The Letters of Samuel Beckett:

Author: Samuel Beckett

Publisher: Cambridge University Press

ISBN: 9780521867948

Category: Literary Criticism

Page: 886

View: 9570

This second volume of The Letters of Samuel Beckett opens with the War years, when it was often impossible or too dangerous to correspond. The surge of letters beginning in 1945, and their variety, are matched by the outpouring and the range of Beckett's published work. Primarily written in French and later translated by the author, the work includes stories, a series of novels (Molloy, Malone Dies, and The Unnamable), essays and plays - most notably Waiting for Godot. The letters chronicle a passionately committed but little known writer evolving into a figure of international reputation, and his response to such fame. The volume provides detailed introductions which discuss Beckett's situation during the War and his crucial move into the French language, as well as translations of the letters, explanatory notes, year-by-year chronologies, profiles of correspondents and other contextual information.

A History of the Modernist Novel

Author: Gregory Castle

Publisher: Cambridge University Press

ISBN: 1107034957

Category: Literary Criticism

Page: 549

View: 3846

A History of the Modernist Novel reassesses the modernist canon and produces a wealth of new comparative analyses that radically revise the novel's history. It also considers the novel's global reach while suggesting that the epoch of modernism is not yet finished.

Understanding Derrida, Understanding Modernism

Author: Jean-Michel Rabaté

Publisher: Bloomsbury Publishing USA

ISBN: 1501331876

Category: Literary Criticism

Page: 348

View: 4277

This volume makes a significant contribution to both the study of Derrida and of modernist studies. The contributors argue, first, that deconstruction is not “modern”; neither is it “postmodern” nor simply “modernist.” They also posit that deconstruction is intimately connected with literature, not because deconstruction would be a literary way of doing philosophy, but because literature stands out as a “modern” notion. The contributors investigate the nature and depth of Derrida's affinities with writers such as Joyce, Kafka, Antonin Artaud, Georges Bataille, Paul Celan, Maurice Blanchot, Theodor Adorno, Samuel Beckett, and Walter Benjamin, among others. With its strong connection between philosophy and literary modernism, this highly original volume advances modernist literary study and the relationship of literature and philosophy.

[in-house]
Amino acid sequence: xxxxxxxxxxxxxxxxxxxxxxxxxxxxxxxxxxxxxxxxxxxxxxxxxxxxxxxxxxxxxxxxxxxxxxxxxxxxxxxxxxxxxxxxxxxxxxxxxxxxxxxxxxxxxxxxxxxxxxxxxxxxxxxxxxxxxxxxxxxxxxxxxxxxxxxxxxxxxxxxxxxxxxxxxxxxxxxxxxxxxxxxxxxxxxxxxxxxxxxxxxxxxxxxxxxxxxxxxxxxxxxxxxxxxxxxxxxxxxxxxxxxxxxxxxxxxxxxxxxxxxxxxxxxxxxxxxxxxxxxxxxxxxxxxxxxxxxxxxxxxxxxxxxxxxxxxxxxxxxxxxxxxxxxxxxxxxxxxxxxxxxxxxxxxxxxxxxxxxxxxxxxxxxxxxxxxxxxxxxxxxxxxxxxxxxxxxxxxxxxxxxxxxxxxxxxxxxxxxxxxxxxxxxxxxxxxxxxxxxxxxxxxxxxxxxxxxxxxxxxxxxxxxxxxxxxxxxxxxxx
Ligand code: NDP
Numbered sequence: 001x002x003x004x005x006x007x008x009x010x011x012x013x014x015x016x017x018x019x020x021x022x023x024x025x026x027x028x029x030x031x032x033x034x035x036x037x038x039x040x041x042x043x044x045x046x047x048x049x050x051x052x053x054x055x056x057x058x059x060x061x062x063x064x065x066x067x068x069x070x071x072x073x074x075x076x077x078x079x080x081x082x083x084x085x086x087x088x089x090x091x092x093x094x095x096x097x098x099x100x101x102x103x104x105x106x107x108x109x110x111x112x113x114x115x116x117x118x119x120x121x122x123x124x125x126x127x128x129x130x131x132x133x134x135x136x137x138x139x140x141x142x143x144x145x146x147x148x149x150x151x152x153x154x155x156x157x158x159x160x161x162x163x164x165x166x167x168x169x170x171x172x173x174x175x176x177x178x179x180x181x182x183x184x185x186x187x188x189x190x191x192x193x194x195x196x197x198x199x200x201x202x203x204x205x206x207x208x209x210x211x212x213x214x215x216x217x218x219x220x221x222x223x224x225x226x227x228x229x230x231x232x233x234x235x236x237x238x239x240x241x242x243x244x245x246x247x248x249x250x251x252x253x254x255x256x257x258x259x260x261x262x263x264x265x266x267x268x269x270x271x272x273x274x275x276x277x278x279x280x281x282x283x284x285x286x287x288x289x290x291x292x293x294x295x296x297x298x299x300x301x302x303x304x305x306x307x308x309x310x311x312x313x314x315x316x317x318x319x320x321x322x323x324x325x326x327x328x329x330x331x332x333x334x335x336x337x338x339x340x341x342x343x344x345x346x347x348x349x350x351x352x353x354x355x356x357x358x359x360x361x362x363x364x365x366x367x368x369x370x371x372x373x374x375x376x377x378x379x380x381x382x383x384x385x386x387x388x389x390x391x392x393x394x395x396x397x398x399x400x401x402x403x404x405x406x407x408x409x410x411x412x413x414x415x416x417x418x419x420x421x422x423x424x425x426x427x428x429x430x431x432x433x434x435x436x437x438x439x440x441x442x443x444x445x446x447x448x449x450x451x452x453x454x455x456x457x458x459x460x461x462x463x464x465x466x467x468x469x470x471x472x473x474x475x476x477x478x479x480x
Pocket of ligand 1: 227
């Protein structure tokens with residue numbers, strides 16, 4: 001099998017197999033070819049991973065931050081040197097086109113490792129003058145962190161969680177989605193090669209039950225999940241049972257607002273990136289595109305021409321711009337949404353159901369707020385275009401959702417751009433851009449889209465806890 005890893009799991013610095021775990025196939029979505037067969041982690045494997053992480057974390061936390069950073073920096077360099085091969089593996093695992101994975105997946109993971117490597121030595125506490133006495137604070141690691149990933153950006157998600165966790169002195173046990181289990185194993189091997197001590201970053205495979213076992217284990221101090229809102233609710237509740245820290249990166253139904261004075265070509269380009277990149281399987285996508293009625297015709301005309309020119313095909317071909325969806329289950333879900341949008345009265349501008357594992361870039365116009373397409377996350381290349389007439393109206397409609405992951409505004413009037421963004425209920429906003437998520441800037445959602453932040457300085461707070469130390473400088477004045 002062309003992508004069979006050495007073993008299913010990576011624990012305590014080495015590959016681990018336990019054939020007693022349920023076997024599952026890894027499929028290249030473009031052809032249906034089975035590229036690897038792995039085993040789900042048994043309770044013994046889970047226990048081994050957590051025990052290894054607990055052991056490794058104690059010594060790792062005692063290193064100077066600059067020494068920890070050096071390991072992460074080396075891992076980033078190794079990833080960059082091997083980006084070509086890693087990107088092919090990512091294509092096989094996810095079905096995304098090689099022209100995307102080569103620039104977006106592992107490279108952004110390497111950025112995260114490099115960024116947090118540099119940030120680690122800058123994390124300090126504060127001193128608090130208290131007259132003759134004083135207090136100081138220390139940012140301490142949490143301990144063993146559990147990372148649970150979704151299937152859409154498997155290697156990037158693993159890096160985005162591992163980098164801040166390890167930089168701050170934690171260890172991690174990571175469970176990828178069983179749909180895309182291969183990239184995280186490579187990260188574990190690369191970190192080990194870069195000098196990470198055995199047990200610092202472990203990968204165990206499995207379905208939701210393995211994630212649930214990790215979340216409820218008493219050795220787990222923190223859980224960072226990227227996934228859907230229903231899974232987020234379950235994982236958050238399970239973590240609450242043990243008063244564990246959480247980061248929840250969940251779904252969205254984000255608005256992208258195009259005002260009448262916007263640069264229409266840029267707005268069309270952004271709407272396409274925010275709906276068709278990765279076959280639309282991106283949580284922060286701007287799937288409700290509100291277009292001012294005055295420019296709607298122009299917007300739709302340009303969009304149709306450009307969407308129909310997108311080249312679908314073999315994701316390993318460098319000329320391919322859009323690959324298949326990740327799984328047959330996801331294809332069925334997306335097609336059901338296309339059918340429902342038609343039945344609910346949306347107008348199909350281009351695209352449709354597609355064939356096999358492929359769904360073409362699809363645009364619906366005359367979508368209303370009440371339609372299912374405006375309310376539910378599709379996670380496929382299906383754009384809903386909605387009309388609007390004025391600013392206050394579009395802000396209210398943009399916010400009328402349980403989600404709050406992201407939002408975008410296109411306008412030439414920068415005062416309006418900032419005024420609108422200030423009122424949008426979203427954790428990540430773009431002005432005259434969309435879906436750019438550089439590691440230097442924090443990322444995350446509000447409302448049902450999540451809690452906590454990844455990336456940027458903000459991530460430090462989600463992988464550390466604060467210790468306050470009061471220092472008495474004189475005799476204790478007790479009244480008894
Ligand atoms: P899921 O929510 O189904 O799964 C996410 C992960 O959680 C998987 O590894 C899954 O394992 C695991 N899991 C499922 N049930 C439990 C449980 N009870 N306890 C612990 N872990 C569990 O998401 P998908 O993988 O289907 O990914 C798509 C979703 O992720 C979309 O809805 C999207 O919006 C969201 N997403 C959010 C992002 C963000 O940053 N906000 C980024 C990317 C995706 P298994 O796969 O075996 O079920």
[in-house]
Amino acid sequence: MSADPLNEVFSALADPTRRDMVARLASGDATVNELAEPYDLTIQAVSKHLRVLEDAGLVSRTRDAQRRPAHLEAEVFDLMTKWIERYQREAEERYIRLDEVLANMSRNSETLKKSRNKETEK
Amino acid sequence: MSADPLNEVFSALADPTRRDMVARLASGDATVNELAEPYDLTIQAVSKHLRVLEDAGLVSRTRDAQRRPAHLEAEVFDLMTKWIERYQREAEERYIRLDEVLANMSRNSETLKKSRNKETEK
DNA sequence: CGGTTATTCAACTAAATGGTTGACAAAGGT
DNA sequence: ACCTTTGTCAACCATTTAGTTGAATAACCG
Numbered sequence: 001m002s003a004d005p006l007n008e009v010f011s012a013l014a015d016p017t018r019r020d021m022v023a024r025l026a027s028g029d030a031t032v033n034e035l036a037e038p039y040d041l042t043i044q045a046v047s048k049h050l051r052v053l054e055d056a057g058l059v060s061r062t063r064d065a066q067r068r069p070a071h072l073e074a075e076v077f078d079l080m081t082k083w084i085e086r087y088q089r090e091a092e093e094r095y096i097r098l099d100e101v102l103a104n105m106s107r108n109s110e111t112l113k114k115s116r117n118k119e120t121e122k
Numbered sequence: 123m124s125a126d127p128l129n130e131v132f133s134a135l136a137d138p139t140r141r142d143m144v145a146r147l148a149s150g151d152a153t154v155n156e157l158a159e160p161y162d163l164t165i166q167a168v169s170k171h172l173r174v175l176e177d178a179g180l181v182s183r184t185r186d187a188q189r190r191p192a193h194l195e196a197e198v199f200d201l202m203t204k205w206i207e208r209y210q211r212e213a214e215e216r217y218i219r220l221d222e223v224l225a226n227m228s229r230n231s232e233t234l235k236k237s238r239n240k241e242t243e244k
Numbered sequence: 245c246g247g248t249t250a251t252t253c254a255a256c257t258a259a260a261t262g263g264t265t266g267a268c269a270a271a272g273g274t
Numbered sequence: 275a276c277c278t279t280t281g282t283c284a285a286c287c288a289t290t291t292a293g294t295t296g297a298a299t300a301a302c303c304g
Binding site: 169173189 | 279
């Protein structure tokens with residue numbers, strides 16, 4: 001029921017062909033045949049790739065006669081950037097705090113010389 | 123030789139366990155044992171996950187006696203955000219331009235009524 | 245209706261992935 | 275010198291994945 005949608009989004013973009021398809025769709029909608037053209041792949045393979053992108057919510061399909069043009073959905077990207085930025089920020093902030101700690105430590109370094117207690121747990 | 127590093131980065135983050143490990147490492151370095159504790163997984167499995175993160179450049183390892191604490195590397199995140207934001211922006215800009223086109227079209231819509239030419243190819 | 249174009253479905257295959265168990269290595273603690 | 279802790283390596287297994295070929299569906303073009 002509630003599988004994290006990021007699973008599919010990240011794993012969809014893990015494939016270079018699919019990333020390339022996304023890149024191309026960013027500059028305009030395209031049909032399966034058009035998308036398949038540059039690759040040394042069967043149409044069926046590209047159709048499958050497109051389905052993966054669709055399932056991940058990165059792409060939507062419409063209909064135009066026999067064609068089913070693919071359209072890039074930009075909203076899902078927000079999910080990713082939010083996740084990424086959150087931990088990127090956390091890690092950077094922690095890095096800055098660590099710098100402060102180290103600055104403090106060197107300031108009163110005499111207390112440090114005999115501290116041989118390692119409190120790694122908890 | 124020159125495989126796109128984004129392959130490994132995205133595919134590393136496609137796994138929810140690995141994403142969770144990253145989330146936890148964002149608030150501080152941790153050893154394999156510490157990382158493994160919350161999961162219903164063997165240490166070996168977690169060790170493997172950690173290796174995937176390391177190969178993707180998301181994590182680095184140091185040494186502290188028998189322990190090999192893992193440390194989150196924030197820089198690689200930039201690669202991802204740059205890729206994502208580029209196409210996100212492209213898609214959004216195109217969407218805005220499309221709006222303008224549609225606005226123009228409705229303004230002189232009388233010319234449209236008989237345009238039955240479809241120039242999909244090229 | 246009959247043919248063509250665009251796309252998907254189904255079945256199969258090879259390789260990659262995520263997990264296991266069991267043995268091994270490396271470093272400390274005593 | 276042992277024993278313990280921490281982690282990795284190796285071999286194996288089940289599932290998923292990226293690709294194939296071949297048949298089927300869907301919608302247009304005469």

Samuel Beckett

Author: Rosemarie Bodenheimer

Publisher: Oxford University Press

ISBN: 0192858734


Page: 157

View: 770

A book on the experience of reading the works of Samuel Beckett. After a life of writing about Victorian novelists, Rosemarie Bodenheimer found herself entranced by the work of Samuel Beckett. In this book she shares her journey of discovery with readers who may or may not be familiar with Beckett's novels and stories. She follows his trajectory from the first unpublished novel, Dream of Fair to Middling Women, through the great post-war trilogy of Molloy, Malone Dies, and The Unnamable, and on to the ever more experimental inventions in the shorter, later fictions, and monologues. Through readings of his work alongside extracts from his published correspondence, Beckett emerges as a sympathetic human figure, a poet of productive doubt, and a brilliant stylist of mood changes and second thoughts. Bodenheimer considers Beckett's treatments of memory, nostalgia, and grief, and the forms he finds to convey those essential human experiences while avoiding melodrama or sentimentality. His dramatized relationship with his own writing is a crucial part of that emotional landscape. His playful jousts with the conventions of novel-writing show how, from the start, Beckett challenged the notion of character and other inherited novel conventions. The book also emphasizes his dismantling of the autobiographical I his moving narratives of attachment and loss, and the inimitable mixture of comedy and pathos he creates by inventing outlandish situations to which his characters respond in very recognizable human ways.

The Wireless Past

Author: Emily C. Bloom

Publisher: Oxford University Press

ISBN: 0191066532

Category: Literary Criticism

Page: 224

View: 6379

The Oxford Mid-Century Studies series publishes monographs in several disciplinary and creative areas in order to create a thick description of culture in the thirty-year period around the Second World War. With a focus on the 1930s through the 1960s, the series concentrates on fiction, poetry, film, photography, theatre, as well as art, architecture, design, and other media. The mid-century is an age of shifting groups and movements, from existentialism through abstract expressionism to confessional, serial, electronic, and pop art styles. The series charts such intellectual movements, even as it aids and abets the very best scholarly thinking about the power of art in a world under new techno-political compulsions, whether nuclear-apocalyptic, Cold War-propagandized, transnational, neo-imperial, super-powered, or postcolonial. The Wireless Past chronicles the emergence of the British Broadcasting Corporation (BBC) as a significant promotional platform and aesthetic influence for Irish modernism from the 1930s to the 1960s. This is the first book-length study of Irish literary broadcasting on the BBC and situates the works of W. B. Yeats, Elizabeth Bowen, Louis MacNeice, and Samuel Beckett in the context of the media environments that shaped their works. Drawing upon unpublished radio archives, this book shows that radio broadcasting, rather than prompting a break with literary history and traditional literary forms, in fact served as an important means for reinterpreting the legacies of oral and print traditions. In the years surrounding World War II, radio came to be seen as a catalyst for literary revivals and, simultaneously, a force for experimentation. This double valence of radio—the conjoining of revivalism and experimentation—create a distinctive radiogenic aesthetics in mid-century modernism.

Samuel Beckett's Critical Aesthetics

Author: Tim Lawrence

Publisher: Springer

ISBN: 3319753991

Category: Literary Criticism

Page: 240

View: 5023